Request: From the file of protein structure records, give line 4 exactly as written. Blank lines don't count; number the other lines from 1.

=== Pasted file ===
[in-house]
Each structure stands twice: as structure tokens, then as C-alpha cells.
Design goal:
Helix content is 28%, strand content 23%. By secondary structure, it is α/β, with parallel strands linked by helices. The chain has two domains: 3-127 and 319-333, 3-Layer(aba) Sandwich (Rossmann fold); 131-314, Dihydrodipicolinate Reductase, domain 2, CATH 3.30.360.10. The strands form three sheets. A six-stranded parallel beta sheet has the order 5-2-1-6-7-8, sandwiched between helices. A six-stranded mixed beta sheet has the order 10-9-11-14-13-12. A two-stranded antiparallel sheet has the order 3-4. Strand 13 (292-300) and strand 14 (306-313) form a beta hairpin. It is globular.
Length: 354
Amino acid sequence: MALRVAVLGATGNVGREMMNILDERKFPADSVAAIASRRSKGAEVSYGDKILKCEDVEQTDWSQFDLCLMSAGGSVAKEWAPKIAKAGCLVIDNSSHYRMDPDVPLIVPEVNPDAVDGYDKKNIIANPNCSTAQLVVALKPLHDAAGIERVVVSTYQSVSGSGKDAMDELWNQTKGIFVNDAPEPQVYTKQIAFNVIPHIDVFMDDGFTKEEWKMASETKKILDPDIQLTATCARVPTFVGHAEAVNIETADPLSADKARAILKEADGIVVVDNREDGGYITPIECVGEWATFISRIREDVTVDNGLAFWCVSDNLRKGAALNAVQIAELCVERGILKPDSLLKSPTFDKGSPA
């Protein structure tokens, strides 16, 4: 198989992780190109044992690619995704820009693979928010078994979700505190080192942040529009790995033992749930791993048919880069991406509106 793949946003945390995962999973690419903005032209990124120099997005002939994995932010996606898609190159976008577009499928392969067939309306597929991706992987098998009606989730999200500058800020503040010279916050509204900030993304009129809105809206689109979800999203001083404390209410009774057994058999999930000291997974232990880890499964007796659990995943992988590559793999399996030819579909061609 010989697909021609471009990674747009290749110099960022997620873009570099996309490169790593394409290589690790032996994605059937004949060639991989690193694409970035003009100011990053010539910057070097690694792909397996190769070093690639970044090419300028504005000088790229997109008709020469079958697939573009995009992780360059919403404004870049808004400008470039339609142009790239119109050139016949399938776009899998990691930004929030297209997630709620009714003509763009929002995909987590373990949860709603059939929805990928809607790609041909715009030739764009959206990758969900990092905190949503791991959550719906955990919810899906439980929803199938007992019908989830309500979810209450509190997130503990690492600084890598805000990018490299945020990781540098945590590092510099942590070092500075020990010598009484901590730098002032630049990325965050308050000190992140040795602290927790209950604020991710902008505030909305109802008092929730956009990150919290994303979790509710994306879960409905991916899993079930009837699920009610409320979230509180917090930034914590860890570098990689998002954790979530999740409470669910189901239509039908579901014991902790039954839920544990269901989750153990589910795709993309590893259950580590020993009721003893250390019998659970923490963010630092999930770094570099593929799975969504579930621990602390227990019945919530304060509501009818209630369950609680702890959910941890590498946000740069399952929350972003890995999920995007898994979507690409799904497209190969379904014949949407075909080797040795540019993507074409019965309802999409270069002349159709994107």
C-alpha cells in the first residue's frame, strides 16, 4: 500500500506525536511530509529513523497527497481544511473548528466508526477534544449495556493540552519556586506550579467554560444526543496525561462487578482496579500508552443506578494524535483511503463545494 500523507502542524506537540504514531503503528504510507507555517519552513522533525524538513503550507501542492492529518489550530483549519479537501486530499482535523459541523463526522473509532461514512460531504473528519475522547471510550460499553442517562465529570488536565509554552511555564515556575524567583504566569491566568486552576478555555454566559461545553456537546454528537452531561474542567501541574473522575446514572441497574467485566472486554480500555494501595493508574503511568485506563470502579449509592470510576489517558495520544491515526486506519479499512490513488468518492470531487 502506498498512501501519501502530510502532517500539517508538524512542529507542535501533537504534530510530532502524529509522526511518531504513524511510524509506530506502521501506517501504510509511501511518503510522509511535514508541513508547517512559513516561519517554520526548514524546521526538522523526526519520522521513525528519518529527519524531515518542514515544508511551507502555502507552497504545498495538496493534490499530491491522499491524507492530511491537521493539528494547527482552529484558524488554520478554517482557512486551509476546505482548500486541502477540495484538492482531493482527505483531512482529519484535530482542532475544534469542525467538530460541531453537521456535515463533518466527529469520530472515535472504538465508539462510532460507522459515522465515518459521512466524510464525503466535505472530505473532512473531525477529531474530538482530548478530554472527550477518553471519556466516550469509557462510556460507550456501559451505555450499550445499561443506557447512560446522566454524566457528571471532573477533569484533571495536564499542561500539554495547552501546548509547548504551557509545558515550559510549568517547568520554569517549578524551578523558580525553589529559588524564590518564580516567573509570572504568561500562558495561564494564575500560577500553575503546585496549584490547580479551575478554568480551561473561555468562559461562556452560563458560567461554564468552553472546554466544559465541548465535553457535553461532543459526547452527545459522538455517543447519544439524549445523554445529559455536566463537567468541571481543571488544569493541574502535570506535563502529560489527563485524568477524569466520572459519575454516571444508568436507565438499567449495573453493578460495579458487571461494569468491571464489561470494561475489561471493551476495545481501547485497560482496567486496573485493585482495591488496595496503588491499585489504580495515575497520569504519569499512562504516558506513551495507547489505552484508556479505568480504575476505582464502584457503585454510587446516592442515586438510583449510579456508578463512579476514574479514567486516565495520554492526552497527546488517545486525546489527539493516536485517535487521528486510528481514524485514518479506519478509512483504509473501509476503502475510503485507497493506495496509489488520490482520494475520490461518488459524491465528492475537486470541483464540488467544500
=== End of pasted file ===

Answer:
Helix content is 28%, strand content 23%. By secondary structure, it is α/β, with parallel strands linked by helices. The chain has two domains: 3-127 and 319-333, 3-Layer(aba) Sandwich (Rossmann fold); 131-314, Dihydrodipicolinate Reductase, domain 2, CATH 3.30.360.10. The strands form three sheets. A six-stranded parallel beta sheet has the order 5-2-1-6-7-8, sandwiched between helices. A six-stranded mixed beta sheet has the order 10-9-11-14-13-12. A two-stranded antiparallel sheet has the order 3-4. Strand 13 (292-300) and strand 14 (306-313) form a beta hairpin. It is globular.